Two For a Dollar
The sky’s the same dull grey as always. Never seems to rain though. Bess says it’s them smokestacks. I never seen any smokestacks. A semi rumbles past, belching fumes. I can feel the particles coating my face, and flowing into my lungs. Just past the pile of old tires and big mud puddle, the same old blinking sign. “Valu-Rite Trailer Park”.
As soon as I crack the door, smoke pours out the top. We both mean to quit but it never happens. Dilapidated, grimy little tin box on wheels. Foam insulation inside of that, then loads of fake wood grain paneling inside. A box to store people in. The outside wouldn’t look so dingy if it’d just rain already.
My coughing fit subsides a minute or so after I’m in. Lungs just give up and get used to it. Like how barn smell goes away if you’re in one long enough. There’s something else. The sickly sweet smell of burning fat. “Ah made yew yer favrit” Bess warbles from her recliner. “Dem chicken fingers what has de spicy flavor packets, I gottem two fer a doller. Dey’s in de toaster oven.”
So they are. I bite down and my few remaining teeth sink straight through the limp reconstituted meat without any resistance. I hardly have to chew. Bess is spread out over that same ratty old recliner I bought in ‘89. Only gets up to use the shitter, so the cushions have permanently taken her shape. Had to widen the bathroom doorway so she could get through back in the late 90s. Then again a couple months ago. She just keeps getting fatter. We both do.
The little built in 13 inch TV VCR combo rattles on about some new show. A talking dog that solves crimes. “Dass gud teevee” Bess mutters. “I’d watch dat.” I can feel the moisture and fat molecules from the chicken fingers wafting out of the open toaster oven, coating every surface. Soon they cover my face and clothing. That scent never completely goes away.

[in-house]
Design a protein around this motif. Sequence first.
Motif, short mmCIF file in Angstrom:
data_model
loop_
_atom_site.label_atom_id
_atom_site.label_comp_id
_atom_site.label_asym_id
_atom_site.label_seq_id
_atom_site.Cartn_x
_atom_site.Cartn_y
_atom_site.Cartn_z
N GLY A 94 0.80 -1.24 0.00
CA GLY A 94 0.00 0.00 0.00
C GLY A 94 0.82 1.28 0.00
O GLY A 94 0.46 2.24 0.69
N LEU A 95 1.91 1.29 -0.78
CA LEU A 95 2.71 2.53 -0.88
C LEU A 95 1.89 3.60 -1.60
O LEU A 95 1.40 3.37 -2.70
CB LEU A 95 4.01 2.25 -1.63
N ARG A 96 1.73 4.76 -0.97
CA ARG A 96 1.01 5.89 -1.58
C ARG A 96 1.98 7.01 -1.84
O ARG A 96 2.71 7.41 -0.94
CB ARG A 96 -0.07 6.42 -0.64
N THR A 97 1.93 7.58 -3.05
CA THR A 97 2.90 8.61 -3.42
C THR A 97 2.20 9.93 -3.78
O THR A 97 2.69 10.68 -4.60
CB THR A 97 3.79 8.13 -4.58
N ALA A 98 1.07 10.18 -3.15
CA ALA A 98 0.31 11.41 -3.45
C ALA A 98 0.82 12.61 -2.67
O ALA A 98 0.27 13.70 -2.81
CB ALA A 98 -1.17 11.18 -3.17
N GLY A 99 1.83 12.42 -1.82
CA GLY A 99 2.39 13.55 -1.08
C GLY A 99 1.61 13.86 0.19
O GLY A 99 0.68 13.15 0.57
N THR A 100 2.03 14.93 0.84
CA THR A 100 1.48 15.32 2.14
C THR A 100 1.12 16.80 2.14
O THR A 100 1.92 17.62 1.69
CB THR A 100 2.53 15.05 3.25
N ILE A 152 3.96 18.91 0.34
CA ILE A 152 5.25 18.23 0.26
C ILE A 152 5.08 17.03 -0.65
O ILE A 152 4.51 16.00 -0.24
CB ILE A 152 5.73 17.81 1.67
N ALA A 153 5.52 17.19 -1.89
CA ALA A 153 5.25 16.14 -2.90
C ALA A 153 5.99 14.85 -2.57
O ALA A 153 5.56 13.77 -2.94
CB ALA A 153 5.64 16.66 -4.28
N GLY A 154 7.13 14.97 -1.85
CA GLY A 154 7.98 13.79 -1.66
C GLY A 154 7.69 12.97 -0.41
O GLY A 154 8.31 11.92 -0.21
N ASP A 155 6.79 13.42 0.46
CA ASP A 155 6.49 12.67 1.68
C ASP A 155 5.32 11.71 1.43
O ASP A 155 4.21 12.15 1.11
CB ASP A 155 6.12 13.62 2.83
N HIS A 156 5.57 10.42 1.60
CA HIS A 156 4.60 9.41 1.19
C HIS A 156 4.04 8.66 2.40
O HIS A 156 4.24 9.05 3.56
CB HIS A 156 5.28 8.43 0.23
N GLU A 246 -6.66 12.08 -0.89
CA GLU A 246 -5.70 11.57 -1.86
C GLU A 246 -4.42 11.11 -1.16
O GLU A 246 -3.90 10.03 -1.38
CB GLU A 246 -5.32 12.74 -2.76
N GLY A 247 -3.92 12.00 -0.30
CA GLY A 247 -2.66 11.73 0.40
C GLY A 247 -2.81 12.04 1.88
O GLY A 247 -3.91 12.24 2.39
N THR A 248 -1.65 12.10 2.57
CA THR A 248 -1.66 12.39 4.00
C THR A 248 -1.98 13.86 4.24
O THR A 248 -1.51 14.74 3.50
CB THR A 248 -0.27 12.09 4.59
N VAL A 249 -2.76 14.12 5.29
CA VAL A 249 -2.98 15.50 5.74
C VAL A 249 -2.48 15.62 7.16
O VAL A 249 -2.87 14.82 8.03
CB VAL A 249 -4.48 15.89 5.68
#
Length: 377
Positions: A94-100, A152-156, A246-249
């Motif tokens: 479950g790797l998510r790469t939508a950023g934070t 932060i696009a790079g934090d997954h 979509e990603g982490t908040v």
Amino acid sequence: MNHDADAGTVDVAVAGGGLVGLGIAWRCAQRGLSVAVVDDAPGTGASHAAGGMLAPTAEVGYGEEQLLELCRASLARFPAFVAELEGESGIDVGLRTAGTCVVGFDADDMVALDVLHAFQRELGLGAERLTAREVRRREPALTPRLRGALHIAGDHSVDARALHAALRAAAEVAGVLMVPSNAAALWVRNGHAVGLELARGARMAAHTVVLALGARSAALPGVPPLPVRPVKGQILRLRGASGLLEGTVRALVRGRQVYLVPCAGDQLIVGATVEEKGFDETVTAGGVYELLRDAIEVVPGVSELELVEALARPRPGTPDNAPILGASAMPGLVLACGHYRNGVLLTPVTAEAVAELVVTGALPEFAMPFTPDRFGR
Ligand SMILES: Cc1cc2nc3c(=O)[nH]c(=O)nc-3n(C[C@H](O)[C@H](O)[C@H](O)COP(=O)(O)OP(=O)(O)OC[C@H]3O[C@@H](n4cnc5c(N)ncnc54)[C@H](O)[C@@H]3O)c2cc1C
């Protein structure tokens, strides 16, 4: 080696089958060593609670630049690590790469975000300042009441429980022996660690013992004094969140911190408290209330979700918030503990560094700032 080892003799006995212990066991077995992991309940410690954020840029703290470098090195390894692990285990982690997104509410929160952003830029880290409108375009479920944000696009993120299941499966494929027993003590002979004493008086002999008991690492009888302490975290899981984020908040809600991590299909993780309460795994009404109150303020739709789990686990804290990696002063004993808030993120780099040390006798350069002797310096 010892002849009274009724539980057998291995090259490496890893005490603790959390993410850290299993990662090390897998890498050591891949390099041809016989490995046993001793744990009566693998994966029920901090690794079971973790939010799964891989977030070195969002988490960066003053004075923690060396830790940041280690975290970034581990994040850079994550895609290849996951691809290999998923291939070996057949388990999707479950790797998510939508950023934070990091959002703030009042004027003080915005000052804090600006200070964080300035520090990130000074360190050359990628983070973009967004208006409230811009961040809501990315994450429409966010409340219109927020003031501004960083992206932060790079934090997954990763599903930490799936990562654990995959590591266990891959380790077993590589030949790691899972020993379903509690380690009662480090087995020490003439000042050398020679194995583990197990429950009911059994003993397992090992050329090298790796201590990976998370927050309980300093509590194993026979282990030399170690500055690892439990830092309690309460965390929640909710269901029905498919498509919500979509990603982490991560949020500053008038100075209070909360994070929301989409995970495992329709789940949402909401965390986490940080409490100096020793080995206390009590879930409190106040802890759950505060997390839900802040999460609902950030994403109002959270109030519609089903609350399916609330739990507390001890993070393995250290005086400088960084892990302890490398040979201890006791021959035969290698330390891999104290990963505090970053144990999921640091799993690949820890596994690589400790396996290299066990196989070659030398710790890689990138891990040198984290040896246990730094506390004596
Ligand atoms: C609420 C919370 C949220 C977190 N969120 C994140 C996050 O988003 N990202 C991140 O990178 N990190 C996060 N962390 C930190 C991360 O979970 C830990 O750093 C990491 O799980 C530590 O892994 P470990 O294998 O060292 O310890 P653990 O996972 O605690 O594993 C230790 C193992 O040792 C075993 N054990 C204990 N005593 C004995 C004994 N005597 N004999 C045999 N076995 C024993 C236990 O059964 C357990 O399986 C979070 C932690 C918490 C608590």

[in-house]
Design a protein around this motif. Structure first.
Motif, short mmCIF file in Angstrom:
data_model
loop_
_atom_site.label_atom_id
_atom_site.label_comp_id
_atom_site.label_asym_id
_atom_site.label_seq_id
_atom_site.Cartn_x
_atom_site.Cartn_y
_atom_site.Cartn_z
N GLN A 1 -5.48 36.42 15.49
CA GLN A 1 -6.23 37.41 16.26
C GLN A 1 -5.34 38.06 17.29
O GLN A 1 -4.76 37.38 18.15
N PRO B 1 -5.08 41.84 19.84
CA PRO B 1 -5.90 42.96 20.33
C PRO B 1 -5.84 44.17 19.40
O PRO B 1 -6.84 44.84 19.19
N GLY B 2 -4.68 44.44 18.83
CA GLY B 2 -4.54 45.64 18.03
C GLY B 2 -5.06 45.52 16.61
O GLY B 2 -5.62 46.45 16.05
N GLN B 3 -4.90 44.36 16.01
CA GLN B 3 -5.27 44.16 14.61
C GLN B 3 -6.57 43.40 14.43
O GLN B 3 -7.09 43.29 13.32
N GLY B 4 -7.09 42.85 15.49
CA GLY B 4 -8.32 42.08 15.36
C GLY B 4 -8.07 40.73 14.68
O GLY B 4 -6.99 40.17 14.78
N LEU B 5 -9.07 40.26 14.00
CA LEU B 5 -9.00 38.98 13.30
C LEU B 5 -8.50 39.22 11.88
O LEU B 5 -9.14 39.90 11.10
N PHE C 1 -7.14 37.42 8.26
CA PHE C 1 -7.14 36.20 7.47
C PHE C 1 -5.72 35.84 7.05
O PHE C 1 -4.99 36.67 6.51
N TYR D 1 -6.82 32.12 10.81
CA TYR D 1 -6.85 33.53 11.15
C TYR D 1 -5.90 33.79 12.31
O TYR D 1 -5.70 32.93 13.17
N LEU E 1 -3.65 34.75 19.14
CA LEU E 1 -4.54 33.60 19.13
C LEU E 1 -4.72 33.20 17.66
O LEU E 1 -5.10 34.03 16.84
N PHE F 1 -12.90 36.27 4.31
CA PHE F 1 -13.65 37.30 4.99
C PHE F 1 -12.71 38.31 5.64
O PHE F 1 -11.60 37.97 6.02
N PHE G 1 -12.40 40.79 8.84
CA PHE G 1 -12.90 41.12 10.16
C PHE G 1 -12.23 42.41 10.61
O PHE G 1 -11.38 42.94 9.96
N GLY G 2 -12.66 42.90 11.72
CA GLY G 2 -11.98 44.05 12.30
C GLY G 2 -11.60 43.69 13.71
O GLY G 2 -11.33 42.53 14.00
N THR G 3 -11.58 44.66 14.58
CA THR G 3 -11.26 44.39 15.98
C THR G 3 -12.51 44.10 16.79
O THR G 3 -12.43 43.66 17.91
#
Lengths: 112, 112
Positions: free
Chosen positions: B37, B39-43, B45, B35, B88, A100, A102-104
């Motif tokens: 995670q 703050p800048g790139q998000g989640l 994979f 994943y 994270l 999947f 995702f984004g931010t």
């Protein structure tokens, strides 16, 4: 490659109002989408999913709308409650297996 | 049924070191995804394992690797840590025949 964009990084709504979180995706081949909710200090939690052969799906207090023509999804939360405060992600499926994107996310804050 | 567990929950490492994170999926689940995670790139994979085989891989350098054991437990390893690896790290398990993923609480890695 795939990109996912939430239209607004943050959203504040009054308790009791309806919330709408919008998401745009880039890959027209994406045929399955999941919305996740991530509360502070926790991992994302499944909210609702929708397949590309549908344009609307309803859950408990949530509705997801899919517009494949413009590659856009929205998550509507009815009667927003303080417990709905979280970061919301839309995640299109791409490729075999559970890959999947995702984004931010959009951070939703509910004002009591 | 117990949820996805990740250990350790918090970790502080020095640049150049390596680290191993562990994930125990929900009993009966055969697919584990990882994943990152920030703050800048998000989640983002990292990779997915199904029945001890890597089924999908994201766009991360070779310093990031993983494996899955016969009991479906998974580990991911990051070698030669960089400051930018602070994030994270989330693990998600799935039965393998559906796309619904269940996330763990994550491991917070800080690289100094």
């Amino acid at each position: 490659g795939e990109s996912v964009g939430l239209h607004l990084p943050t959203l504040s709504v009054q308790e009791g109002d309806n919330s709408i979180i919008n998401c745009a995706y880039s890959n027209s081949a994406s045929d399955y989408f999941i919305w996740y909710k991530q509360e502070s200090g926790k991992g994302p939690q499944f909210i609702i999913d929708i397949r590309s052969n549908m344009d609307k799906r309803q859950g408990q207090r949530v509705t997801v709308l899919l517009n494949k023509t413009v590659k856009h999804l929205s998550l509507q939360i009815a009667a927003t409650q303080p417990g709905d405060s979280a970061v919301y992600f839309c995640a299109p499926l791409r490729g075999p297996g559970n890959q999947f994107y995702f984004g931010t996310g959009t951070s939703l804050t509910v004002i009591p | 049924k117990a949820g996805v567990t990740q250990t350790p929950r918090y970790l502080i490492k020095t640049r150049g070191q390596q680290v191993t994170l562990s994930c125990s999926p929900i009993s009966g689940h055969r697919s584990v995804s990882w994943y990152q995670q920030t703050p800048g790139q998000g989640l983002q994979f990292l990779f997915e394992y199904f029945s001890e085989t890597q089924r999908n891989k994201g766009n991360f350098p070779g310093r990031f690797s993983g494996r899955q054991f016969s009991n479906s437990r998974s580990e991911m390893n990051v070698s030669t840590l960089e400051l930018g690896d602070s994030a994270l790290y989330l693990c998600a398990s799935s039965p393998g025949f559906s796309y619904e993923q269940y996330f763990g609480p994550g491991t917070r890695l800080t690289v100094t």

Bess hasn’t washed recently. Her face and arms are shiny with grease. I get on her about that but her ankles give her trouble and I have to fix that power scooter she got through medicaid. She lays there like a blob, wearing her enormous stained bra and panties as it’s too hot for clothing. Her flowing folds hide cigarette butts and crumbs from her microwaved treats.
Was she always like this? No. I remember when she was a vision. It didn’t last long. A “flash in the pan beauty” they call it. I promised her I’d make sure she was always comfortable. That’s how we got to this point, I think. Whenever I had a choice, I did whatever was most comfortable. Lately it’s all started to blur together.
The soft, soggy microwave meats. The thin layer of grime coating everything that no amount of washing gets rid of. The cigarette butts. The smoke. The smell of fried food. Layers upon layers of soft, jiggling fat covered in crumbs, sticky stains and cigarette ash. Cars roaring past, adding smoke from their tailpipes to the ash grey sky. What is any of this? How did I get here? I just did what was comfortable. There’s no extracting myself from it now, that ship sailed decades ago. It’s a picture I’m painted into, that wouldn’t be complete without me.
I'm not sure when the fire started. Bess was half asleep on the recliner, mumbling “Now dat dere is jess quality teevee, I hafta watch dat”. She must’ve left the space heater on. It all went up so quickly. Cheap foam insulation, cigarette butts, everything coated in residual fat. All it took was that space heater. Bess only wanted to be warm. She’s warm now. Flailing and screaming in the other room, her skin bubbling. The sickly sweet smell of burning fat everywhere. I clench my teeth as the fire reaches me, and tears of relief roll down my face.
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